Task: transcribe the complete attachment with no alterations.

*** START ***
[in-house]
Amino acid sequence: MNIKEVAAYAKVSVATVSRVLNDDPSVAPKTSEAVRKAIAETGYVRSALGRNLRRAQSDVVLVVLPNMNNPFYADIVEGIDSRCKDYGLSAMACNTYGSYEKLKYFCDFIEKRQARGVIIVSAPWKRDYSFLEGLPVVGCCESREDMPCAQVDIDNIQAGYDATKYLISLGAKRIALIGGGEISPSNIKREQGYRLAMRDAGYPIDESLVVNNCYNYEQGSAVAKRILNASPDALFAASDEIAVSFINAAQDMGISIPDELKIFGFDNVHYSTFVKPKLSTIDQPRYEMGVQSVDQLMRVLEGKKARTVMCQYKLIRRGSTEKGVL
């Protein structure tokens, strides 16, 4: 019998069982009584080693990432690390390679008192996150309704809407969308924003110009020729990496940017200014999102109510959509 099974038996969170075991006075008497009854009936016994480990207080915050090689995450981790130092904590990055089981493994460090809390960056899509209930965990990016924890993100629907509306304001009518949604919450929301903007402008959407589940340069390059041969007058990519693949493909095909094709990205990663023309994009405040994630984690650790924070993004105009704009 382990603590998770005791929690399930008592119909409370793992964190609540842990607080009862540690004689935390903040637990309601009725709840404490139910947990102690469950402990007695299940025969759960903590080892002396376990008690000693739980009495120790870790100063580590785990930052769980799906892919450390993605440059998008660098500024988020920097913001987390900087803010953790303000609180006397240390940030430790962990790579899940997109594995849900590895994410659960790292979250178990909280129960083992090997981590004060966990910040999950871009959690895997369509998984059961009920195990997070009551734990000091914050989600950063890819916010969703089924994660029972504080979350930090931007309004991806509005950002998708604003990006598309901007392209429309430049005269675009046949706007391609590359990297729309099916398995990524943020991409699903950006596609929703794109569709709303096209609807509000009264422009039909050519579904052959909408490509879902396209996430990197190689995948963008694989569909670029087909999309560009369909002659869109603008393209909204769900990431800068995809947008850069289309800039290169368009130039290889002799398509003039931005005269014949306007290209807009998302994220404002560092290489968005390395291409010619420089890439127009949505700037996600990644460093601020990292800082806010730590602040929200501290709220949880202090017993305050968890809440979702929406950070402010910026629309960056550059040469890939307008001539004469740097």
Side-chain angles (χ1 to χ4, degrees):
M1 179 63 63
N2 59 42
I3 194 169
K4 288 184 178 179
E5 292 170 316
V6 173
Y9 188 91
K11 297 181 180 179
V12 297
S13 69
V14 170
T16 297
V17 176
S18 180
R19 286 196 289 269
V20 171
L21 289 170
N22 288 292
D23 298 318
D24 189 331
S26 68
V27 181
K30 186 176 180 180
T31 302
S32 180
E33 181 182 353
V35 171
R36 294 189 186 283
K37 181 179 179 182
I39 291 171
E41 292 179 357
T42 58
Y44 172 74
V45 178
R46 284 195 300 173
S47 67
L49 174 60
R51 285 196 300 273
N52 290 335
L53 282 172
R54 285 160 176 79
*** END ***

[in-house]
Amino acid sequence: MNIKEVAAYAKVSVATVSRVLNDDPSVAPKTSEAVRKAIAETGYVRSALGRNLRRAQSDVVLVVLPNMNNPFYADIVEGIDSRCKDYGLSAMACNTYGSYEKLKYFCDFIEKRQARGVIIVSAPWKRDYSFLEGLPVVGCCESREDMPCAQVDIDNIQAGYDATKYLISLGAKRIALIGGGEISPSNIKREQGYRLAMRDAGYPIDESLVVNNCYNYEQGSAVAKRILNASPDALFAASDEIAVSFINAAQDMGISIPDELKIFGFDNVHYSTFVKPKLSTIDQPRYEMGVQSVDQLMRVLEGKKARTVMCQYKLIRRGSTEKGVL
């Protein structure tokens, strides 16, 4: 019998069982009584080693990432690390390679008192996150309704809407969308924003110009020729990496940017200014999102109510959509 099974038996969170075991006075008497009854009936016994480990207080915050090689995450981790130092904590990055089981493994460090809390960056899509209930965990990016924890993100629907509306304001009518949604919450929301903007402008959407589940340069390059041969007058990519693949493909095909094709990205990663023309994009405040994630984690650790924070993004105009704009 382990603590998770005791929690399930008592119909409370793992964190609540842990607080009862540690004689935390903040637990309601009725709840404490139910947990102690469950402990007695299940025969759960903590080892002396376990008690000693739980009495120790870790100063580590785990930052769980799906892919450390993605440059998008660098500024988020920097913001987390900087803010953790303000609180006397240390940030430790962990790579899940997109594995849900590895994410659960790292979250178990909280129960083992090997981590004060966990910040999950871009959690895997369509998984059961009920195990997070009551734990000091914050989600950063890819916010969703089924994660029972504080979350930090931007309004991806509005950002998708604003990006598309901007392209429309430049005269675009046949706007391609590359990297729309099916398995990524943020991409699903950006596609929703794109569709709303096209609807509000009264422009039909050519579904052959909408490509879902396209996430990197190689995948963008694989569909670029087909999309560009369909002659869109603008393209909204769900990431800068995809947008850069289309800039290169368009130039290889002799398509003039931005005269014949306007290209807009998302994220404002560092290489968005390395291409010619420089890439127009949505700037996600990644460093601020990292800082806010730590602040929200501290709220949880202090017993305050968890809440979702929406950070402010910026629309960056550059040469890939307008001539004469740097």
Side-chain angles (χ1 to χ4, degrees):
M1 179 63 63
N2 59 42
I3 194 169
K4 288 184 178 179
E5 292 170 316
V6 173
Y9 188 91
K11 297 181 180 179
V12 297
S13 69
V14 170
T16 297
V17 176
S18 180
R19 286 196 289 269
V20 171
L21 289 170
N22 288 292
D23 298 318
D24 189 331
S26 68
V27 181
K30 186 176 180 180
T31 302
S32 180
E33 181 182 353
V35 171
R36 294 189 186 283
K37 181 179 179 182
I39 291 171
E41 292 179 357
T42 58
Y44 172 74
V45 178
R46 284 195 300 173
S47 67
L49 174 60
R51 285 196 300 273
N52 290 335
L53 282 172
R54 285 160 176 79